Chronic pain and comorbid mental health conditions: independent associations of posttraumatic stress disorder and depression with pain, disability, and quality of life
Both posttraumatic stress disorder (PTSD) and depression are highly comorbid with chronic pain and have deleterious effects on pain and treatment outcomes, but the nature of the relationships among chronic pain, PTSD, and depression has not been fully elucidated. This study examined 250 Veterans Affairs primary care patients with moderate to severe chronic musculoskeletal pain who participated in a randomized controlled pain treatment trial. Baseline data were analyzed to examine the independent associations of PTSD and major depression with multiple domains of pain, psychological status, quality of life, and disability. PTSD was strongly associated with these variables and in multivariate models, PTSD and major depression each had strong independent associations with these domains. PTSD demonstrated similar relationships as major depression with psychological, quality of life, and disability outcomes and significant but somewhat smaller associations with pain. Because PTSD and major depression have independent negative associations with pain, psychological status, quality of life, and disability, it is important for clinicians to recognize and treat both mental disorders in patients with chronic pain.
KeywordsChronic pain PTSD Depression Veterans Quality of life Disability
This work was supported by a Department of Veterans Affairs Health Services Research and Development (VA HSR&D) Merit Review award to Dr. Kroenke (IIR 07-119) and Career Development Award to Dr. Krebs (CDA 07-215). The sponsor had no role in study design; in the collection, analysis and interpretation of data; in the writing of the report; or in the decision to submit the article for publication. The views expressed in this article are those of the authors and do not necessarily represent the views of the Department of Veterans Affairs.
Conflict of interest
Samantha D. Outcalt, Kurt Kroenke, Erin E. Krebs, Neale R. Chumbler, Jingwei Wu, Zhangsheng Yu, and Matthew J. Bair declare that they have no conflict of interest.
Human and animal rights and informed consent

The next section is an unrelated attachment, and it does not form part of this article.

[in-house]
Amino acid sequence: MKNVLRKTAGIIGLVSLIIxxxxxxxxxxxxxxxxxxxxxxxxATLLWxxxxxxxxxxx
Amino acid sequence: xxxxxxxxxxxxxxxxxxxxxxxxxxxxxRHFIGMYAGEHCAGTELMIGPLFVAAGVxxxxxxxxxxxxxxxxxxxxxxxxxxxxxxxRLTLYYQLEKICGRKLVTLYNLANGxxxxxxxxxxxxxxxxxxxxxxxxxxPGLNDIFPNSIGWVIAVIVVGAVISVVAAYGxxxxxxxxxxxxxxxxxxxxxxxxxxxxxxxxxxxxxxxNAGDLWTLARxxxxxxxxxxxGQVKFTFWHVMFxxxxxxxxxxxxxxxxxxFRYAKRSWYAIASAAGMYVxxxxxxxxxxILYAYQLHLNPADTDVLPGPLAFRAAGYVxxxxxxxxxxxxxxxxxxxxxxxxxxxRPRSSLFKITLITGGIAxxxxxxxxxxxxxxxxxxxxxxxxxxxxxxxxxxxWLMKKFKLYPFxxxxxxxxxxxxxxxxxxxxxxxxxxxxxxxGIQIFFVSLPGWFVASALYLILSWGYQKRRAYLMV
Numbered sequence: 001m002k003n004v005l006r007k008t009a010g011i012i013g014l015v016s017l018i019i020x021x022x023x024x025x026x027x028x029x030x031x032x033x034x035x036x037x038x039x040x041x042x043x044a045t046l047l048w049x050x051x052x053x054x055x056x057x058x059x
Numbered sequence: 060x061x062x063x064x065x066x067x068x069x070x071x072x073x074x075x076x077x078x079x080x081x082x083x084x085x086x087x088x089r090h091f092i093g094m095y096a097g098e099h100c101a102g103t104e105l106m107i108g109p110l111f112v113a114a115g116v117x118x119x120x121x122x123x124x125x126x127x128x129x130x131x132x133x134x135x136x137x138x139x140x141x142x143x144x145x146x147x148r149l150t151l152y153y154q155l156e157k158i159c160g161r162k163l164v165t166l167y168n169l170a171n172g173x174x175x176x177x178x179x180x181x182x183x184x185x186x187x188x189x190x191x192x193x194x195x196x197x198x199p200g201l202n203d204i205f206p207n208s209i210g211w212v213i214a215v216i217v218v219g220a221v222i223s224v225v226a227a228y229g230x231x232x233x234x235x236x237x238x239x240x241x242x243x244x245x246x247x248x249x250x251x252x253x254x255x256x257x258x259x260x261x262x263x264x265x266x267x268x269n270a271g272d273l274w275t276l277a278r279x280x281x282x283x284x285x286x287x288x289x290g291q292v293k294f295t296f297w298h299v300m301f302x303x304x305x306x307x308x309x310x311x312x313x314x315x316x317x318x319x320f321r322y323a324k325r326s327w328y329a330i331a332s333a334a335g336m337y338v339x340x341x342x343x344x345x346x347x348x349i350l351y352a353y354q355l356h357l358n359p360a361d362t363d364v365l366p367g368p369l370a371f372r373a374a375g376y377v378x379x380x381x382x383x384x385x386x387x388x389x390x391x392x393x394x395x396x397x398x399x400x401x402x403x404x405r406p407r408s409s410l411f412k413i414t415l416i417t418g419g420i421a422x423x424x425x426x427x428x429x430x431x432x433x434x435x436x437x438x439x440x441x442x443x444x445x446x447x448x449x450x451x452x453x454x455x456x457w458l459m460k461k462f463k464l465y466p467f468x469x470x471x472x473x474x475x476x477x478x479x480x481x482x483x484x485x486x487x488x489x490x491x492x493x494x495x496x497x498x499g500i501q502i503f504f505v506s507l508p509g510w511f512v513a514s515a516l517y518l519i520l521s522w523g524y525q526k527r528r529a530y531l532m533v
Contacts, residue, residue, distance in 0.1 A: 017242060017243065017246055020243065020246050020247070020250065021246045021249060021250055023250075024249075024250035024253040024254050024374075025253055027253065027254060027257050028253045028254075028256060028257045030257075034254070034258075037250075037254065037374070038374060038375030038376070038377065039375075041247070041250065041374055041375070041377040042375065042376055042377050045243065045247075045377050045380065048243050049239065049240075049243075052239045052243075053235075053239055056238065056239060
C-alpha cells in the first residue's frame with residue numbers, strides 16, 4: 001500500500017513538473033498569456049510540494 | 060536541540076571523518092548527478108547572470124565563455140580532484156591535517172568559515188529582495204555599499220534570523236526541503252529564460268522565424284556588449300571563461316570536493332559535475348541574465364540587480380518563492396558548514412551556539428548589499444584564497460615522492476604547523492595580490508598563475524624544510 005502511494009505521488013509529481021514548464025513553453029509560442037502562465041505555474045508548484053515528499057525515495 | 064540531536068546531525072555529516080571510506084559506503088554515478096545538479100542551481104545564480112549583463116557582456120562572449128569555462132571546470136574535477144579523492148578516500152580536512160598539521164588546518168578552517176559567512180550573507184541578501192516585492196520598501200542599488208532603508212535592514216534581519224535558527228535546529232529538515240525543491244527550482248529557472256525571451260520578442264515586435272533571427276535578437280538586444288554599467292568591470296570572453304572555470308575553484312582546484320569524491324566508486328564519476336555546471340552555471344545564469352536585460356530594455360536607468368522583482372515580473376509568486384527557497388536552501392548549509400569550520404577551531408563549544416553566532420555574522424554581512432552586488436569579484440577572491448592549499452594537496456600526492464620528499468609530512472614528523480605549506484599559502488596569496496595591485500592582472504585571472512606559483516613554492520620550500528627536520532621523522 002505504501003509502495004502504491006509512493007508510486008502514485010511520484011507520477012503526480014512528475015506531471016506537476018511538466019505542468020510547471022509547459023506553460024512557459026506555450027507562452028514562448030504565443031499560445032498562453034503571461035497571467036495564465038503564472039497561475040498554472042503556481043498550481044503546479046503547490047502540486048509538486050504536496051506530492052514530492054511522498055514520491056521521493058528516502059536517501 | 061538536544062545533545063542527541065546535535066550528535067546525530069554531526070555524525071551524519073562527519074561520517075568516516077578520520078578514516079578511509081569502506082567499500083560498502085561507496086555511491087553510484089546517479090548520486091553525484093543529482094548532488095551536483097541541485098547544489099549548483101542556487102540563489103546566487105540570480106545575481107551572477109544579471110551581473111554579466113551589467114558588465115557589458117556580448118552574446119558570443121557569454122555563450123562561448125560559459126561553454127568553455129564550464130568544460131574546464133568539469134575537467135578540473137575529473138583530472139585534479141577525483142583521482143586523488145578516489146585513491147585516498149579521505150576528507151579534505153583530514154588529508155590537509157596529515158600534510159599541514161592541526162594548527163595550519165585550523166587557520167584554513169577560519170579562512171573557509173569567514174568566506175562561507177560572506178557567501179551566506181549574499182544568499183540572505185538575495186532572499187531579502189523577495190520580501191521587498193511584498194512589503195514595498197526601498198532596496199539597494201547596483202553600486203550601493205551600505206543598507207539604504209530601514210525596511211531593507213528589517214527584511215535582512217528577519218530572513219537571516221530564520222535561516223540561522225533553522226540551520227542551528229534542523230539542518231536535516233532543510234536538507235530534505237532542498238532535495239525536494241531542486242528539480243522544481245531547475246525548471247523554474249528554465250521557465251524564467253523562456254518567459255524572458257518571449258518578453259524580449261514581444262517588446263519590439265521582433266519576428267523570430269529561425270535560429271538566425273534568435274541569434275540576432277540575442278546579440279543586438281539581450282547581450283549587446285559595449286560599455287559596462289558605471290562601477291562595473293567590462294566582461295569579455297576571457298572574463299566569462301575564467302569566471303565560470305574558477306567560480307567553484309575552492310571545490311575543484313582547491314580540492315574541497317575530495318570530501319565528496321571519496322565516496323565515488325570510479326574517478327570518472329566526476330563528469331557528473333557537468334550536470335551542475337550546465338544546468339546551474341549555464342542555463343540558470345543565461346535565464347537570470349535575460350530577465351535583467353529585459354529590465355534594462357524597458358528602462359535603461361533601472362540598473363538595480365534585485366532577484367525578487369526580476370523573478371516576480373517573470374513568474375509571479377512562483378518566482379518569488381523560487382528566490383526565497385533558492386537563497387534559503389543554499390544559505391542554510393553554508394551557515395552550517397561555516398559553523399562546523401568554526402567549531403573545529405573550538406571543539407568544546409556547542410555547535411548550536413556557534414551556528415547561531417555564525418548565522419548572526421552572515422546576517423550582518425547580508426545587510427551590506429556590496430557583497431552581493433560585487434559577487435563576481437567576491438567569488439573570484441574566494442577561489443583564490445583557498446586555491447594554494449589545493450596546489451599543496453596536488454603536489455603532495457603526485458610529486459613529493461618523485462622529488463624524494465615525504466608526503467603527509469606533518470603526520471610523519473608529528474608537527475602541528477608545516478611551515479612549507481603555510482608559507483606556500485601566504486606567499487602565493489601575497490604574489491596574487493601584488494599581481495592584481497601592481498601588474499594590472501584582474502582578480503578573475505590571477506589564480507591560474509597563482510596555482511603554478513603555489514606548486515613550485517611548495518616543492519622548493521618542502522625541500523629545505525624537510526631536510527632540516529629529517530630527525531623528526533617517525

All procedures followed were in accordance with the ethical standards of the responsible committee on human experimentation (institutional and national) and with the Helsinki Declaration of 1975, as revised in 2000 (5). Informed consent was obtained from all patients for being included in the study. Additional informed consent was obtained from all patients for which identifying information is included in this article.
- Asmundson, G. J. G., Coons, M. J., Taylor, S., & Katz, J. (2002). PTSD and the experience of pain: Research and clinical implications of shared vulnerability and mutual maintenance models. Canadian Journal of Psychiatry, 47, 930–937.Google Scholar
- Cella, D., Riley, W., Stone, A., Rothrock, N., Reeve, B., Yount, S., et al. (2010). The Patient-Reported Outcomes Measurement Information System (PROMIS) developed and tested its first wave of adult self-reported health outcome item banks: 2005–2008. Journal of Clinical Epidemiology, 63, 1179–1194.CrossRefPubMedCentralPubMedGoogle Scholar
- Chumbler, N. R., Kroenke, K., Outcalt, S. D., Bair, M. J., Krebs, E. E., Wu, J., & Yu, Z. (2013). Association between sense of coherence and health-related quality of life among primary care patients with chronic musculoskeletal pain. Health Quality of Life Outcomes, 11, 216.CrossRefPubMedCentralPubMedGoogle Scholar
- Haskell, S. G., Gordon, K. S., Mattocks, K., Duggal, M., Erdos, J., Justice, A., & Brandt, C. A. (2010). Gender differences in rates of depression, PTSD, pain, obesity, and military sexual trauma among Connecticut war Veterans of Iraq and Afghanistan. Journal of Women’s Health, 19, 267–271.CrossRefPubMedCentralPubMedGoogle Scholar
- Kroenke, K., Bair, M. J., Damush, T. M., Hoke, S., Nicholas, G., Kempf, C., et al. (2007). Stepped care for affective disorders and musculoskeletal pain (SCAMP) study: Design and practical implications of an intervention for comorbid pain and depression. General Hospital Psychiatry, 29, 506–517.CrossRefPubMedGoogle Scholar
- Otis, J. D., Pincus, D. B., & Keane, T. M. (2006). Comorbid chronic pain and posttraumatic stress disorder across the lifespan: A review of theoretical models. In G. Young, A. W. Kane, & K. Nicholson (Eds.), Psychological knowledge in court: PTSD, pain, and TBI (pp. 242–268). New York: Springer.CrossRefGoogle Scholar
- Runnals, J. J., Van Voorhees, E., Robbins, A. T., Brancu, M., Straits-Troster, K., Beckham, J. C., & Calhoun, P. S. (2013). Self-reported pain complaints among Afghanistan/Iraq era men and women Veterans with comorbid posttraumatic stress disorder and major depressive disorder. Pain Medicine, 14, 1529–1533.CrossRefPubMedGoogle Scholar